The risks of managing a gas station are more complex than simply safeguarding your customers’ fuel source. In addition to the risks of gasoline itself, there are a number of other hazards that could affect both your employees and your customers. The following are some—but not all—of the common risks associated with running a gas station and how to contain them.
Several of gasoline’s properties render it dangerous and particularly difficult to contain. It requires extra work on your part to ensure your gasoline poses no extra risk to employees, customers or members of the public.
Gasoline floats on the surface of water and can travel long distances, potentially causing danger far away from the place where it escaped. Similarly, gasoline vapor does not disperse easily and can also travel for long distances. Unlike its liquid form, gasoline vapor tends to sink to the lowest possible level and may collect in tanks, cavities and drains where there is little air movement. The vapor, like the liquid, is harmful if ingested.
There is a substantial fire and explosion risk wherever gasoline is present. But gasoline need not be present to cause damage—empty tanks and gasoline cans may emit flammable vapor after the container is emptied.
One of the most common causes of injuries at gas stations is vehicle movement. It is unavoidable—the unceasing movement of vehicles in the parking lot mixed with pedestrian traffic heightens the risk of vehicles accidentally colliding with structures, people and other vehicles.
To counteract this risk, devise a safe system of traffic movement, such as a one-way system for entering and exiting the parking lot. Provide signs outlining traffic control arrangements and install barriers to protect vulnerable structures such as fuel tanks.
Gasoline is used everywhere, but that does not make it safe. You must work hard to ensure your filling station’s large quantities of gasoline pose no extra risk.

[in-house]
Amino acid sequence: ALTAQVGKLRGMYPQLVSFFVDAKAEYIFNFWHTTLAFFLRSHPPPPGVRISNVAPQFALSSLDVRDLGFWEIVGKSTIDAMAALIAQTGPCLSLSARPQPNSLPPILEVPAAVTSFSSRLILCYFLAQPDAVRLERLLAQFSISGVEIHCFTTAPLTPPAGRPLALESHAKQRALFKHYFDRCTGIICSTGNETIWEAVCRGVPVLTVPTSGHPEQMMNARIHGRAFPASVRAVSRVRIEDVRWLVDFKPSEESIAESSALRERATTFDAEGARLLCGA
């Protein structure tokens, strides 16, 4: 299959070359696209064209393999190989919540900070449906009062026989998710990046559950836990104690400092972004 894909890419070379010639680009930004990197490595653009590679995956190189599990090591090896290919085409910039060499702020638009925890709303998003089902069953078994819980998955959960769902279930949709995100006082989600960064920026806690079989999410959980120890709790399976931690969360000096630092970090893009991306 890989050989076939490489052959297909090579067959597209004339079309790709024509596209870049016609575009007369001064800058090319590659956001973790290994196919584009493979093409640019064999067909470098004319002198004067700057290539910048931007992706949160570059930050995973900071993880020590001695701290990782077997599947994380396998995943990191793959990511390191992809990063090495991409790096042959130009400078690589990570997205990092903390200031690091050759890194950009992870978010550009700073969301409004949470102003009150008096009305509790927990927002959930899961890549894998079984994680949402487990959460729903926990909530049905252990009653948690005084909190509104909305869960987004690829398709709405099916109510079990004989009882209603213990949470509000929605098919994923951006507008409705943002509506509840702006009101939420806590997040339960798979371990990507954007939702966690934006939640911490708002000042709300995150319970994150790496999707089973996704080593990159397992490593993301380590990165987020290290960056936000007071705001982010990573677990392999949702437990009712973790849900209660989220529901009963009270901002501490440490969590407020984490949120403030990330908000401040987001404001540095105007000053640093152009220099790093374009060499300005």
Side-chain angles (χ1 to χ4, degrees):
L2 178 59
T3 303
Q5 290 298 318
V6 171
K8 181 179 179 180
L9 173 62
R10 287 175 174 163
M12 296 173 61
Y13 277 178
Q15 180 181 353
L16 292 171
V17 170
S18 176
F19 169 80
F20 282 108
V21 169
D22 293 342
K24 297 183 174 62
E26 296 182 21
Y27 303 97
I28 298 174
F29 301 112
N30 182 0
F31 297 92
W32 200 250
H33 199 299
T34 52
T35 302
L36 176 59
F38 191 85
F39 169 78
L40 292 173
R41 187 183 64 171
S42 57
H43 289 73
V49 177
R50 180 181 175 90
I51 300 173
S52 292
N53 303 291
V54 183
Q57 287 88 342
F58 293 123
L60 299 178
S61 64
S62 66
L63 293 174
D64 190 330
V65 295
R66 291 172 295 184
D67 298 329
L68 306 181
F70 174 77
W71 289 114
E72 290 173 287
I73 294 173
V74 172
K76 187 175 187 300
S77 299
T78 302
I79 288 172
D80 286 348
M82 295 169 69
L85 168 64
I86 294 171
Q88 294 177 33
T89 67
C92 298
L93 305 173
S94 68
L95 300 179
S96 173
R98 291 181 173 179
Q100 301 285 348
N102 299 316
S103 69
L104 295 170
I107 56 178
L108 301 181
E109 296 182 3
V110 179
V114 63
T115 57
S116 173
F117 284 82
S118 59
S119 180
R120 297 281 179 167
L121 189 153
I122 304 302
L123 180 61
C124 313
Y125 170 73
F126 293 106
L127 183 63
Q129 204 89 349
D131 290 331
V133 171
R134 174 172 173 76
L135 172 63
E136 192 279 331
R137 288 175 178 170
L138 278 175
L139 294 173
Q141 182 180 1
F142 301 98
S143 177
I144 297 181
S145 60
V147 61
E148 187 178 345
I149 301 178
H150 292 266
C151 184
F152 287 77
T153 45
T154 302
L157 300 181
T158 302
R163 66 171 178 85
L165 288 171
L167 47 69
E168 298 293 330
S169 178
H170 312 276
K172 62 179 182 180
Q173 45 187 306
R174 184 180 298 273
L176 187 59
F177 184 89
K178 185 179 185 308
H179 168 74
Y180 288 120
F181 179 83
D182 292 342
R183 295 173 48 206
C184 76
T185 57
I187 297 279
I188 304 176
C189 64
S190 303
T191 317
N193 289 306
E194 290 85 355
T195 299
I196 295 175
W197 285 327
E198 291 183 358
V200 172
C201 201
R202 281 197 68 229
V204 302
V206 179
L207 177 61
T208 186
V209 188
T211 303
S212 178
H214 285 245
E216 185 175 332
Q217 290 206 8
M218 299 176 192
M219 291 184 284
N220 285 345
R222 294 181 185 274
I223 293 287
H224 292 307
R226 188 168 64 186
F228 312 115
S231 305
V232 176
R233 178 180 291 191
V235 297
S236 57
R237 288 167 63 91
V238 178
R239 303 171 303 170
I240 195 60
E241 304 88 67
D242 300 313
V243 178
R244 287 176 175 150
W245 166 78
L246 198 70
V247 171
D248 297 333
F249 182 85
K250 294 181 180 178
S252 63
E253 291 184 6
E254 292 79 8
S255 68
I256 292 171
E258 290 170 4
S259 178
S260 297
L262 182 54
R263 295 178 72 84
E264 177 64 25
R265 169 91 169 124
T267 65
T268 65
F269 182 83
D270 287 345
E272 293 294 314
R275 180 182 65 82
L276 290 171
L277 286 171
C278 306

Besides gasoline, gas stations sell or use various chemicals and other items that can cause respiratory problems, dermatitis or chemical burns.
Protecting employees, customers and members of the public from your business’ hazardous substances starts with storing all hazardous chemicals in their original containers. This helps prevent misinformation about a container’s contents from causing injury or illness. Rely on Safety Data Sheets compiled by the substances’ manufacturers for information on harmful chemicals used or stored at your gas station. All employees should be trained to use hazardous substances and be provided with the appropriate protective clothing.
Pay particular attention to manual handling, a deceptive workplace health and safety hazard at gas stations that is often overlooked because of more conspicuous hazards like gasoline usage and storage. Improper manual handling can cause back injuries and muscle strains.
Start protecting against manual handling risks by eliminating all unnecessary manual handling. Train every employee in proper lifting techniques and specify when something qualifies as unnecessary manual handling.
Slips, Trips and Falls
This hazard can happen anywhere. If any snow and ice lingers on your parking lot during the winter, pedestrians could slip and vehicles could skid. Spilled fuel and oil are also significant slipping hazards.
To shrink your exposure to slips, trips and falls, spread industrial salt mixed with fine gravel during icy conditions and after spills to absorb fuel or oil.
Misused or poorly maintained equipment is typically the start of electricity hazards. The risk increases when workers use equipment in a wet environment.
Cutting down your gas station’s electricity risks is difficult, but not impossible. If your business has a mechanical car wash, install a readily accessible emergency stop button. Ensure that all electrical equipment is suitably insulated and the electrical dangers of using any machine are clearly labeled and outlined.
Managing a gas station means you will have to manage the inevitable fire risks. Obstructed exits, paired with the presence of abundant gasoline, can cause disaster.
Limiting your fire risks requires keeping all escape routes and fire exits clear at all times. Never let trash accumulate—make sure all employees help in keeping open areas and exits clear of clutter.
Violence and Robberies
Robbery of cash or goods can happen at gas stations because of a number of factors, including the high number of customers, the large amount of cash and the ability to exit and enter quickly.
Consider investing in security cameras, alarms and other security measures to deter violence and robberies.
Compressed Air Systems
With the capability of exploding a tire if over-inflated, compressed air systems are powerful machines. They should be treated with respect, not as a toy.
Prevent compressed air machine misuse by placing it within sight of the shop attendant. Displaying clear information on how to use the machine will help limit accidents and misuse.
Tailored Insurance Is Best
Managing a gas station is difficult—your risks are numerous, and all require constant supervision. Contact us today to start extinguishing your risks and safeguarding your business.
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